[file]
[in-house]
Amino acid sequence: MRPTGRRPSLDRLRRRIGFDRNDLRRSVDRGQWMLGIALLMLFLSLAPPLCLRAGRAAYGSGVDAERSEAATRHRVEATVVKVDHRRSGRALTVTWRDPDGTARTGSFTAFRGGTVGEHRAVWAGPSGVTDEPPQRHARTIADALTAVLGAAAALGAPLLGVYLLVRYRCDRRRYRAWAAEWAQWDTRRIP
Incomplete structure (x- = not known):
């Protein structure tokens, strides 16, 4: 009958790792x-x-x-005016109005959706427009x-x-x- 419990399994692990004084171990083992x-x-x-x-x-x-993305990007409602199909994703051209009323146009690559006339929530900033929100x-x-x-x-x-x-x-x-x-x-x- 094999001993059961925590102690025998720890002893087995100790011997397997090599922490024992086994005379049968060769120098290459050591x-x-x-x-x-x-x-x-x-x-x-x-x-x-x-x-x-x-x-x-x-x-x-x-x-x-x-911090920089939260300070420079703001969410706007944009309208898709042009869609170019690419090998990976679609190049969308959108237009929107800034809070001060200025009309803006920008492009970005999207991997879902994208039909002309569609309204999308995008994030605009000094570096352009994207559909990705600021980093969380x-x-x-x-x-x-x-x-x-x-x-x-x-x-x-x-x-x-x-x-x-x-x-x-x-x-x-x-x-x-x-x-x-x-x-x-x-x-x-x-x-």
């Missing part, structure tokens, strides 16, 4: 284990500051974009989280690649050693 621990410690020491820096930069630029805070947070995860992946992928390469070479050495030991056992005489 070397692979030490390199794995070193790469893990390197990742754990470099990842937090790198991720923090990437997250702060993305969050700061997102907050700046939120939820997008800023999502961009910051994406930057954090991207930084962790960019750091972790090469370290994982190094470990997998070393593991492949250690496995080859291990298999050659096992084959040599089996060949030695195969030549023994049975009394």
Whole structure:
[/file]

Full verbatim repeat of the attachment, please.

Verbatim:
[in-house]
Amino acid sequence: MRPTGRRPSLDRLRRRIGFDRNDLRRSVDRGQWMLGIALLMLFLSLAPPLCLRAGRAAYGSGVDAERSEAATRHRVEATVVKVDHRRSGRALTVTWRDPDGTARTGSFTAFRGGTVGEHRAVWAGPSGVTDEPPQRHARTIADALTAVLGAAAALGAPLLGVYLLVRYRCDRRRYRAWAAEWAQWDTRRIP
Incomplete structure (x- = not known):
């Protein structure tokens, strides 16, 4: 009958790792x-x-x-005016109005959706427009x-x-x- 419990399994692990004084171990083992x-x-x-x-x-x-993305990007409602199909994703051209009323146009690559006339929530900033929100x-x-x-x-x-x-x-x-x-x-x- 094999001993059961925590102690025998720890002893087995100790011997397997090599922490024992086994005379049968060769120098290459050591x-x-x-x-x-x-x-x-x-x-x-x-x-x-x-x-x-x-x-x-x-x-x-x-x-x-x-911090920089939260300070420079703001969410706007944009309208898709042009869609170019690419090998990976679609190049969308959108237009929107800034809070001060200025009309803006920008492009970005999207991997879902994208039909002309569609309204999308995008994030605009000094570096352009994207559909990705600021980093969380x-x-x-x-x-x-x-x-x-x-x-x-x-x-x-x-x-x-x-x-x-x-x-x-x-x-x-x-x-x-x-x-x-x-x-x-x-x-x-x-x-």
């Missing part, structure tokens, strides 16, 4: 284990500051974009989280690649050693 621990410690020491820096930069630029805070947070995860992946992928390469070479050495030991056992005489 070397692979030490390199794995070193790469893990390197990742754990470099990842937090790198991720923090990437997250702060993305969050700061997102907050700046939120939820997008800023999502961009910051994406930057954090991207930084962790960019750091972790090469370290994982190094470990997998070393593991492949250690496995080859291990298999050659096992084959040599089996060949030695195969030549023994049975009394």
Whole structure: